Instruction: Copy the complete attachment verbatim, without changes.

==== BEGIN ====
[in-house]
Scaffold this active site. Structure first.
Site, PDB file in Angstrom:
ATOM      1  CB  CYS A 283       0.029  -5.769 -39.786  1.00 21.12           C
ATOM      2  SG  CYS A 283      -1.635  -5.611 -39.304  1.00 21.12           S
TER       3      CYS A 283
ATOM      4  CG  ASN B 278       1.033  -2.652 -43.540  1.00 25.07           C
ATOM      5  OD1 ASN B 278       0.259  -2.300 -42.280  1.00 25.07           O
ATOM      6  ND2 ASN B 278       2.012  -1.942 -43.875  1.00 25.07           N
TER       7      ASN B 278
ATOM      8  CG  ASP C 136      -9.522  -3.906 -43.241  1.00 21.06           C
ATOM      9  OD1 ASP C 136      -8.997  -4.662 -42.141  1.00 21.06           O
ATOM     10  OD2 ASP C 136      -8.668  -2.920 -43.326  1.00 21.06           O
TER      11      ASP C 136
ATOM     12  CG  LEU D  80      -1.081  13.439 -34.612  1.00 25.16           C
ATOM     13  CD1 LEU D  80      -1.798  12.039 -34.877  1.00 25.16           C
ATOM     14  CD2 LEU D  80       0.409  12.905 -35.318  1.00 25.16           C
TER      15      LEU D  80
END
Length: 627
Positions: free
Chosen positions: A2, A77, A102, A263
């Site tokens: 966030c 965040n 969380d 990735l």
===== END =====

[in-house]
Scaffold this active site. Structure first.
Site, PDB file in Angstrom:
ATOM      1  CB  CYS A 283       0.029  -5.769 -39.786  1.00 21.12           C
ATOM      2  SG  CYS A 283      -1.635  -5.611 -39.304  1.00 21.12           S
TER       3      CYS A 283
ATOM      4  CG  ASN B 278       1.033  -2.652 -43.540  1.00 25.07           C
ATOM      5  OD1 ASN B 278       0.259  -2.300 -42.280  1.00 25.07           O
ATOM      6  ND2 ASN B 278       2.012  -1.942 -43.875  1.00 25.07           N
TER       7      ASN B 278
ATOM      8  CG  ASP C 136      -9.522  -3.906 -43.241  1.00 21.06           C
ATOM      9  OD1 ASP C 136      -8.997  -4.662 -42.141  1.00 21.06           O
ATOM     10  OD2 ASP C 136      -8.668  -2.920 -43.326  1.00 21.06           O
TER      11      ASP C 136
ATOM     12  CG  LEU D  80      -1.081  13.439 -34.612  1.00 25.16           C
ATOM     13  CD1 LEU D  80      -1.798  12.039 -34.877  1.00 25.16           C
ATOM     14  CD2 LEU D  80       0.409  12.905 -35.318  1.00 25.16           C
TER      15      LEU D  80
END
Length: 627
Positions: free
Chosen positions: A2, A77, A102, A263
């Site tokens: 966030c 965040n 969380d 990735l």